Alcohol consumption and polymorphisms of cytochromes P4502E1 are high risks for ESCC

Mar 13, 2008

Heavier alcohol consumption increases the risk of ESCC. There are synergetic interactions among alcohol drinking and ALDH2, ADH1B, CYP2E1 genotypes. The risk of ESCC in moderate-to-heavy drinkers, ALDH2 (1/2) combined with the ADH1B (1/1) genotype; ALDH2 (1/2) combined with the CYP2E1 (c1/c1) genotype; leads to synergetic interactions, higher than drinkers with ALDH2 (1/1) + ADH1B (1/2 + 2/2); ALDH2 (1/1) + CYP2E1 (c1/c2 + c2/c2).

This study, performed by a team led by Dr. Yan-Mei Guo, is described in a research article published in the March 7, 2008 issue of the World Journal of Gastroenterology.

ESCC is the seventh leading cause of cancer deaths worldwide. Epidemiologic studies have demonstrated that drinking alcoholic beverages is causally related to the development of ESCC. The genetic polymorphisms of Cytochromes P4502E1 (CYP2E1), aldehyde dehydrogenase-2 (ALDH2) and alcohol dehydrogenase-1B (ADH1B; previously called ADH2) affect the metabolism of alcohol. There were some other studies examining the roles of alcohol, CYP2E1, ALDH2 and ADH2 in ESCC. Their findings, however, were contradictory.

In the view of the authors, no clear explanation has, to date, existed to elucidate the susceptibility conferred by CYP2E1, ALDH2 and ADH1B genetic polymorphisms on ESCC. Neither have a definition and evaluation been found to explain the individual and combined roles of these genes and alcohol consumption.

The innovative aspect of this study was the way it looked at the interaction between the CYP2E1, ALDH2 genotype and heavy alcohol drinking, with case-control designs. Previous studies have not examined this issue in detail and to our knowledge this is the first study to show a significant interaction between the CYP2E1, ALDH2 genotype and alcohol drinking. We found there was synergetic interaction with polymorphisms of CYP2E1, ALDH2 genotype and heavy alcohol drinking. Individuals with combined ALDH2 (1/2) and CYP2E1 (c1/c1) genotype showed a dramatically increased risk of ESCC, which is higher than that due to the respective genotypes.

The susceptibility of alcohol and aldehyde dehydrogenase genotypes on ESCC became evident in 2003 when it became widely accepted that alcoholic beverages are causally related to cancer of the esophagus. A review of case-control studies of the effects of ALDH2 and ADH2 genotypes shows consistently positive associations between inactive heterozygous ALDH2 and the risk for esophageal cancer in East Asian heavy drinkers. Only the ALDH2 genotype has been demonstrated to have a critical role in the development of ESCC.

Using an elegant study design, including 80 male patients with esophageal cancer and 480 controls (age and sex matched), the consumption of alcohol and the genetic polymorphism of enzymes involved in the metabolism of ethanol was examined. This research was performed by doctors from the Laboratory of Gansu College of Traditional Chinese Medicine, Lanzhou, China and from the Laboratory of First hospital of Lanzhou University, Lanzhou, China.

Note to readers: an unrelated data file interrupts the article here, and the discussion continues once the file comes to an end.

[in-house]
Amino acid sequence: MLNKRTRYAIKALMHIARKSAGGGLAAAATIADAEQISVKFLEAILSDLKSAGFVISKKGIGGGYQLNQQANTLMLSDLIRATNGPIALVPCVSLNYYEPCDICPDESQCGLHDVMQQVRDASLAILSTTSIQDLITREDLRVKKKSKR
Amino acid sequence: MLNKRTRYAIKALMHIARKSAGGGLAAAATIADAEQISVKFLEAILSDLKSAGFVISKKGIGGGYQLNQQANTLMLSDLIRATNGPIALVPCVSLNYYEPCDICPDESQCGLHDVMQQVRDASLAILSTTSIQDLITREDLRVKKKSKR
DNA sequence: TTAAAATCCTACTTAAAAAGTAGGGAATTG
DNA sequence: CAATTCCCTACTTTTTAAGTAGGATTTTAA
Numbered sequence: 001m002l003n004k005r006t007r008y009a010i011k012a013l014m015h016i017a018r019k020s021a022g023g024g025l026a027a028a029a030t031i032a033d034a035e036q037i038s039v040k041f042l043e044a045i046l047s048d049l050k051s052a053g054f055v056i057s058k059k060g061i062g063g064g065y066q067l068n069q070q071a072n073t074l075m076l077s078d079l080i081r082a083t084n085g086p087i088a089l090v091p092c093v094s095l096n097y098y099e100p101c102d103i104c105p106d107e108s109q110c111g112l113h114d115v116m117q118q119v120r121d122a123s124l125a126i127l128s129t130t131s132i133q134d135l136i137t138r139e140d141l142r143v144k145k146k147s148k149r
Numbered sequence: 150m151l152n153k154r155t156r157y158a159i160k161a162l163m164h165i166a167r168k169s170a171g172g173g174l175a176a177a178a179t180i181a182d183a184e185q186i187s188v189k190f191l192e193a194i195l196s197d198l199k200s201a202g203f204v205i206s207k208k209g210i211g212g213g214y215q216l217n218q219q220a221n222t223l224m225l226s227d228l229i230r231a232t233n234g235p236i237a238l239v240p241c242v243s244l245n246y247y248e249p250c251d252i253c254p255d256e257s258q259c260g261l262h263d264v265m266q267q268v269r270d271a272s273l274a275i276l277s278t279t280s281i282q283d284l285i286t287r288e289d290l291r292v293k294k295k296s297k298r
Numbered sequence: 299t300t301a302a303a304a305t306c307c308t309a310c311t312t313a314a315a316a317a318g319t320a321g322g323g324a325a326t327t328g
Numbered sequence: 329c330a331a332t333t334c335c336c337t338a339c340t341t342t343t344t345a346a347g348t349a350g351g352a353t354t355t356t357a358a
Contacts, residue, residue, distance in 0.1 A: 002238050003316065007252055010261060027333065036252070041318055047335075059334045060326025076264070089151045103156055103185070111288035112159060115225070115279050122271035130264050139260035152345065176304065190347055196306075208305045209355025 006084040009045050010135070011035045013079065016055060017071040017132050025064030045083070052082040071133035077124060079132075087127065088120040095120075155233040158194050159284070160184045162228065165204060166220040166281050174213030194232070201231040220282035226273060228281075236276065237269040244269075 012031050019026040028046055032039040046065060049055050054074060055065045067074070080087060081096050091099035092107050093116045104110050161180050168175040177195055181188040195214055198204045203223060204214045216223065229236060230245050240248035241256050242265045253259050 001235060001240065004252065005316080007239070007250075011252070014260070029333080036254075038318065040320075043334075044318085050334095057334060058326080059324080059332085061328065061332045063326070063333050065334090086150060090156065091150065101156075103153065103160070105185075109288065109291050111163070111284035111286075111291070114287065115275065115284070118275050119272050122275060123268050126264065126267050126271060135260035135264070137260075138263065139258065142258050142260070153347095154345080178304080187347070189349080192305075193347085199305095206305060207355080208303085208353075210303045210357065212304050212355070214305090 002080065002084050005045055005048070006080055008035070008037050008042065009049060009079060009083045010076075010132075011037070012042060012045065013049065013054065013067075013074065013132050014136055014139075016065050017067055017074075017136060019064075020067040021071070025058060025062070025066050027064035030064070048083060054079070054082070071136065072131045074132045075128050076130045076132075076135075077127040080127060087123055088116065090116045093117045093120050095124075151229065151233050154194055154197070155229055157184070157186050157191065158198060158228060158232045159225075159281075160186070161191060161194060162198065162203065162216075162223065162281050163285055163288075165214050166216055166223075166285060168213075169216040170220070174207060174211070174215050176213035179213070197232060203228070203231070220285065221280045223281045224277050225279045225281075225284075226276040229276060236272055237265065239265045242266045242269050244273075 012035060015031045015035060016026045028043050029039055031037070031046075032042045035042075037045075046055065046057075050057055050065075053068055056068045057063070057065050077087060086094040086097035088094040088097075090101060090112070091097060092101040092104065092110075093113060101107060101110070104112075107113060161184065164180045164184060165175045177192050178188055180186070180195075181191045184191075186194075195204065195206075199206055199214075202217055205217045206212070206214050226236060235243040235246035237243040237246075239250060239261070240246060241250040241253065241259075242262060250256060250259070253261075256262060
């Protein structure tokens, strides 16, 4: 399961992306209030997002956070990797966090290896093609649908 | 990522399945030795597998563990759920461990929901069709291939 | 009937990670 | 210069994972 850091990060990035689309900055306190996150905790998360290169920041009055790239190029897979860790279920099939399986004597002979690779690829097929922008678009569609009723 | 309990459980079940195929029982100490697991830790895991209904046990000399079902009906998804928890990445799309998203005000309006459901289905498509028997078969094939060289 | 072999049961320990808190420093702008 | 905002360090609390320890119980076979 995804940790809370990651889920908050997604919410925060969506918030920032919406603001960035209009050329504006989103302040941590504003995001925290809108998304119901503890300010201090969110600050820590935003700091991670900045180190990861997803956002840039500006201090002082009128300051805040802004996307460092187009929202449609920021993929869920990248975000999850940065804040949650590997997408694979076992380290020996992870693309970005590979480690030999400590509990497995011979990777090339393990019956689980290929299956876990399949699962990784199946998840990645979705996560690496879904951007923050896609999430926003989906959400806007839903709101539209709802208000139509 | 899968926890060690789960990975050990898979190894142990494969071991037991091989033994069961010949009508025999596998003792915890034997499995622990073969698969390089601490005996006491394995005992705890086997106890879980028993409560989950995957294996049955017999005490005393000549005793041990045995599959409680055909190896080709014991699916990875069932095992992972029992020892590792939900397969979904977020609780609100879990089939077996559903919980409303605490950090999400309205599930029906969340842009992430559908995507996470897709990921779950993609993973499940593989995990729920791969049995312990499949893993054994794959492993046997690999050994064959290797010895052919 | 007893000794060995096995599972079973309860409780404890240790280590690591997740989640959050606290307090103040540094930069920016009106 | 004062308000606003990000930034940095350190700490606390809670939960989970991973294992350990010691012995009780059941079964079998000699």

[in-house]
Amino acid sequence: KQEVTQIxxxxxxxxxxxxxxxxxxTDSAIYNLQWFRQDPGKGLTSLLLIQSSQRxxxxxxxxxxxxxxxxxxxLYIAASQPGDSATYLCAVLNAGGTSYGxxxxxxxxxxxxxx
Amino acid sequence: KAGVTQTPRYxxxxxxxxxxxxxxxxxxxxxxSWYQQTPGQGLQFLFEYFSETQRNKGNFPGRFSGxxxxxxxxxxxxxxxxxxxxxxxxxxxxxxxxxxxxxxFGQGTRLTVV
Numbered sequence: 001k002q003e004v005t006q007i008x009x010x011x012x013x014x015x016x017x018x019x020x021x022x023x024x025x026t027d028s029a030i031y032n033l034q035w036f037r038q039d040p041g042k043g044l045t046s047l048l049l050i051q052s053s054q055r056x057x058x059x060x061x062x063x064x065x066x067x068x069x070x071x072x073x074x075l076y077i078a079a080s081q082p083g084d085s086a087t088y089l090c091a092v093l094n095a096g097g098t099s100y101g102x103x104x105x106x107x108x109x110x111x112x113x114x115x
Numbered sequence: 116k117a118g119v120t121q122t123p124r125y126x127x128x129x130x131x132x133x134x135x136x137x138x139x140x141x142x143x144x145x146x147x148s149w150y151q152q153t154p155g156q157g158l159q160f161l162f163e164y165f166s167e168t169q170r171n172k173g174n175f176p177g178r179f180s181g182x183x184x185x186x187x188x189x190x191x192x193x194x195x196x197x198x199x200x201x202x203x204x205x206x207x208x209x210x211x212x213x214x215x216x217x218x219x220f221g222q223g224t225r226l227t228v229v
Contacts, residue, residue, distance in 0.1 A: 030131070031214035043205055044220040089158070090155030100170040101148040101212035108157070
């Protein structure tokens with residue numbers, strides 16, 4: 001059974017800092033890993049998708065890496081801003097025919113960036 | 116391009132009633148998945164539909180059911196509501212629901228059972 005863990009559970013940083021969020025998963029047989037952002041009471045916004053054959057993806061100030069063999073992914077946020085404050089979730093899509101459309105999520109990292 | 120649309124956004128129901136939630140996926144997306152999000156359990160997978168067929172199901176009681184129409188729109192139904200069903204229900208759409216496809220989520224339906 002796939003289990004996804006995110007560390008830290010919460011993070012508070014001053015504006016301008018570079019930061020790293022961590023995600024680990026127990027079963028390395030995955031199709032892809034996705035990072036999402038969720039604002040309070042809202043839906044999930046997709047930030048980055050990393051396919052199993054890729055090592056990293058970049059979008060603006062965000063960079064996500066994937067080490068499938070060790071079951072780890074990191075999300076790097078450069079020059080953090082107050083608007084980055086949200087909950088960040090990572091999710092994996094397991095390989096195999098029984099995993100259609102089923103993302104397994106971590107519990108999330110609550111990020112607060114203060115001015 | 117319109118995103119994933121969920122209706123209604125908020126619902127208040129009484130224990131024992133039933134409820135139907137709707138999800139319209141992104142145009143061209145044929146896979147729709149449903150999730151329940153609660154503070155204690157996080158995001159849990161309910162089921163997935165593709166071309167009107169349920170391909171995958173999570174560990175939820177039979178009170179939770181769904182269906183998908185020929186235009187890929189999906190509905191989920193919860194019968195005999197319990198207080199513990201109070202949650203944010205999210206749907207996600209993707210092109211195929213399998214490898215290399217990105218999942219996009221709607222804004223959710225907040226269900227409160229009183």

Source: World Journal of Gastroenterology

Explore further: Experts call for higher exam pass marks to close performance gap between international and UK medical graduates

add to favorites email to friend print save as pdf

Related Stories

Recommended for you

Obese British man in court fight for surgery

Jul 11, 2011

A British man weighing 22 stone (139 kilograms, 306 pounds) launched a court appeal Monday against a decision to refuse him state-funded obesity surgery because he is not fat enough.

2008 crisis spurred rise in suicides in Europe

Jul 08, 2011

The financial crisis that began to hit Europe in mid-2008 reversed a steady, years-long fall in suicides among people of working age, according to a letter published on Friday by The Lancet.

New food labels dished up to keep Europe healthy

Jul 06, 2011

A groundbreaking deal on compulsory new food labels Wednesday is set to give Europeans clear information on the nutritional and energy content of products, as well as country of origin.

Overweight men have poorer sperm count

Jul 04, 2011

Overweight or obese men, like their female counterparts, have a lower chance of becoming a parent, according to a comparison of sperm quality presented at a European fertility meeting Monday.

User comments : 0

More news stories

Less-schooled whites lose longevity, study finds

Barbara Gentry slowly shifts her heavy frame out of a chair and uses a walker to move the dozen feet to a chair not far from the pool table at the Buford Senior Center. Her hair is white and a cough sometimes interrupts her ...

Cancer stem cells linked to drug resistance

Most drugs used to treat lung, breast and pancreatic cancers also promote drug-resistance and ultimately spur tumor growth. Researchers at the University of California, San Diego School of Medicine have discovered ...

Making graphene in your kitchen

Graphene has been touted as a wonder material—the world's thinnest substance, but super-strong. Now scientists say it is so easy to make you could produce some in your kitchen.